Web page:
During March NTDA members in Northern Ireland removed more than 3000 car and light commercial van tyres that were below the legal tread depth limit of 1.6mm. The details were revealed at the NTDA Northern Ireland regional meeting, which took place on 7 April.
NTDA director Stefan Hay said the association was understandably ‘alarmed’ by the news: “Although these results represent only a small sample of those our members in Northern Ireland are compiling, they are an early indicator of the scale of the problem and support, further, the results of the excellent 2015 survey conducted by TyreSafe, which showed that more than a quarter of motorists were replacing their tyres when they were already illegal. Poor tyre management and maintenance by the consumer combined with a lack of enforcement means that the problem appears to be getting worse which is truly alarming!”
The full results from those three retailers sampled showed that out of the 10,215 tyres they inspected on customer’s vehicles in one month, 2547 were over 2mm, 3801 were under 2mm and 3735 were under 1.6mm.
NTDA Northern Ireland regional chairman Dasos Michaelides added: “In the Republic of Ireland the Road Safety Authority (RSA) published a report on 4 April that revealed that vehicle factors played a role in 1 in 8 (101) fatal collisions in the period 2008 to 2012. Defective tyres were the most significant factor, representing almost two thirds (64.1 per cent or 66) of all vehicle factors identified. It is clear from this, and now our own local survey, that we have a growing problem across the whole of Ireland”.
New regulations took effect from Sunday 17 April 2016 in the Republic of Ireland and although it was already an offence to drive a vehicle with defective or worn tyres, there is now a fixed charge (or fine) of 80 euros, with two penalty points endorsed on the licence on payment of the fixed charge for commission of the offence, or four penalty points following conviction in court.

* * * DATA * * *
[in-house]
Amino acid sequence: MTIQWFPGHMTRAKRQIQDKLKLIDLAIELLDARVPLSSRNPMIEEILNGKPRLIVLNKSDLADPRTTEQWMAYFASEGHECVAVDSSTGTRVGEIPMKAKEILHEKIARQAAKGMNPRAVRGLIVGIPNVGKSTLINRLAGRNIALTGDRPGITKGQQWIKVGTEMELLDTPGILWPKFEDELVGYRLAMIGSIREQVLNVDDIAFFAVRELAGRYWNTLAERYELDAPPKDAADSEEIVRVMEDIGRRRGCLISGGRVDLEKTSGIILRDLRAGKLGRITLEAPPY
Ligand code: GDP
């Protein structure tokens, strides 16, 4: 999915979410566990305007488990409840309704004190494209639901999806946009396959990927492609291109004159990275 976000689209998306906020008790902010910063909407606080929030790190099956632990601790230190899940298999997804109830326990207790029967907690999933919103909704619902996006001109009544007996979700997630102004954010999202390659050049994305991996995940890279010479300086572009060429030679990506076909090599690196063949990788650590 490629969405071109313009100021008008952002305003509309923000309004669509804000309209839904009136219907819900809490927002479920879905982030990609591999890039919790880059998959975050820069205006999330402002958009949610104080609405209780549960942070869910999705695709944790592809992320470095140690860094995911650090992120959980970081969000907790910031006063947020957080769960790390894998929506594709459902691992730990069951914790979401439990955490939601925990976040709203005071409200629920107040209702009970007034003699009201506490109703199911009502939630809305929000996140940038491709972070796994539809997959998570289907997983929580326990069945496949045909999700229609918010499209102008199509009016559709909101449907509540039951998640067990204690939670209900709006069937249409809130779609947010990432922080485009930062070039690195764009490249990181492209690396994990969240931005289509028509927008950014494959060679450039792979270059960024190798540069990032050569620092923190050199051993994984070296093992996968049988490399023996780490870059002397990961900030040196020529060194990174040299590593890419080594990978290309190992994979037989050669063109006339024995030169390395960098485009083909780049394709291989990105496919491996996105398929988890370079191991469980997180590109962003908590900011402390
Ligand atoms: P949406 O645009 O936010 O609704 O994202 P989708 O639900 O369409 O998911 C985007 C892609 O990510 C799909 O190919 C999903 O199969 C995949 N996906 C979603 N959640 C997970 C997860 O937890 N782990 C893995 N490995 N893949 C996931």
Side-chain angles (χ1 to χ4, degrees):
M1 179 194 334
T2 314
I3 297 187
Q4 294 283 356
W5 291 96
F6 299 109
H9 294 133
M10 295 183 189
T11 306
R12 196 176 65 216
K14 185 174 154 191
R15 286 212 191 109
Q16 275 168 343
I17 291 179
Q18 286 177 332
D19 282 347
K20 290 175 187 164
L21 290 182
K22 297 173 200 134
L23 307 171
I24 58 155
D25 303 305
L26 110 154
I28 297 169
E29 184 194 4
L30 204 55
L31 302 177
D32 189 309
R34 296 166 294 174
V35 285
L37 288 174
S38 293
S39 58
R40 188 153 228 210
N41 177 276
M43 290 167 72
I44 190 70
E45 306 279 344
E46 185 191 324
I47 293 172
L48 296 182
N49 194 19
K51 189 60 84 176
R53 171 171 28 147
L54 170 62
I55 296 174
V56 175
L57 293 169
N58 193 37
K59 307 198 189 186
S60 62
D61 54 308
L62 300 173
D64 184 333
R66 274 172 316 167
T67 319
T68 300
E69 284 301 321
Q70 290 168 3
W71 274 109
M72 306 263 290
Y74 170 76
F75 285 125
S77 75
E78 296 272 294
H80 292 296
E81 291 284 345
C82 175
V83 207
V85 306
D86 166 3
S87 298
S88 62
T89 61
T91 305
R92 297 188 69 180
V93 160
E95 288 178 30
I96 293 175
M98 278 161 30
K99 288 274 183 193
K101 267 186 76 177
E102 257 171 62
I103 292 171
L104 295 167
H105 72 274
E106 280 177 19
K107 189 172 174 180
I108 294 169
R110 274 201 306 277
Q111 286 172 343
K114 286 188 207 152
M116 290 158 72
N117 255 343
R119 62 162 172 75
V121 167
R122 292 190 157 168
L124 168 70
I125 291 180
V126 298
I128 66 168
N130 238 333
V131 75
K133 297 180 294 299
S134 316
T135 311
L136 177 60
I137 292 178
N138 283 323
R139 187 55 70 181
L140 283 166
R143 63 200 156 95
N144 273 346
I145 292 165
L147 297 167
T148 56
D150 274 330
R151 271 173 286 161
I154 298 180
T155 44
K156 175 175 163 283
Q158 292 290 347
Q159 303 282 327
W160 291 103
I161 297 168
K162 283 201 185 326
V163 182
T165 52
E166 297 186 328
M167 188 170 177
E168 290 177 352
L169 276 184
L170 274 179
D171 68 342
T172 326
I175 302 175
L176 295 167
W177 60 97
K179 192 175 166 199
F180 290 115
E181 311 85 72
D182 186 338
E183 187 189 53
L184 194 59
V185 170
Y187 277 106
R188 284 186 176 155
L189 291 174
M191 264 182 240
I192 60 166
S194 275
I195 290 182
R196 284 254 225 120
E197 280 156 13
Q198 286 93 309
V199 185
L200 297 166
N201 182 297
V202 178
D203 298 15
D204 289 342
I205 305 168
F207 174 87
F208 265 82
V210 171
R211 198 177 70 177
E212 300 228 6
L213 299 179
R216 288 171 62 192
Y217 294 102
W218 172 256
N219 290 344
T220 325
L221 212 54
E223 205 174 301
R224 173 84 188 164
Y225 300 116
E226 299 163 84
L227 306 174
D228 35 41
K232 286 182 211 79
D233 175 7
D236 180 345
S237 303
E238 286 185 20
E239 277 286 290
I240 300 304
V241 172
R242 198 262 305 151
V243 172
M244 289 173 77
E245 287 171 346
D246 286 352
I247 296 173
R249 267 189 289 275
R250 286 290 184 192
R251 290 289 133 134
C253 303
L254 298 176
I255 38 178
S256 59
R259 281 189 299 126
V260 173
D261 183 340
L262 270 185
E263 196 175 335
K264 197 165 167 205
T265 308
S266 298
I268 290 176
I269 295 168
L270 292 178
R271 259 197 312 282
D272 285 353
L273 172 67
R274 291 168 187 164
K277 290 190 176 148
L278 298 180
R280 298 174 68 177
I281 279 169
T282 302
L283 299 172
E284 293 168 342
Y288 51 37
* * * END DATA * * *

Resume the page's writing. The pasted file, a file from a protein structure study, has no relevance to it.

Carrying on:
For many years the NTDA has called for the minimum legal tread depth to be increased to 3mm. Although tyres are legal at 1.6mm, the NTDA believes there remains a sufficiently compelling argument for it to advise motorists to change their tyres at 3mm.
With a law change currently not on the UK Government’s agenda, Stefan Hay concluded by saying: “If the legal minimum is to remain at 1.6mm for the foreseeable future, then appropriate resources must be allocated to ensure effective enforcement is carried out. Vehicle manufactures are investing billions to improve driver and passenger safety, but much of that work is immediately undermined if, as is the case now, the tyres are allowed to become illegal and unsafe. We could learn a great deal from the increase in proactive enforcement now being carried out in the Republic of Ireland”.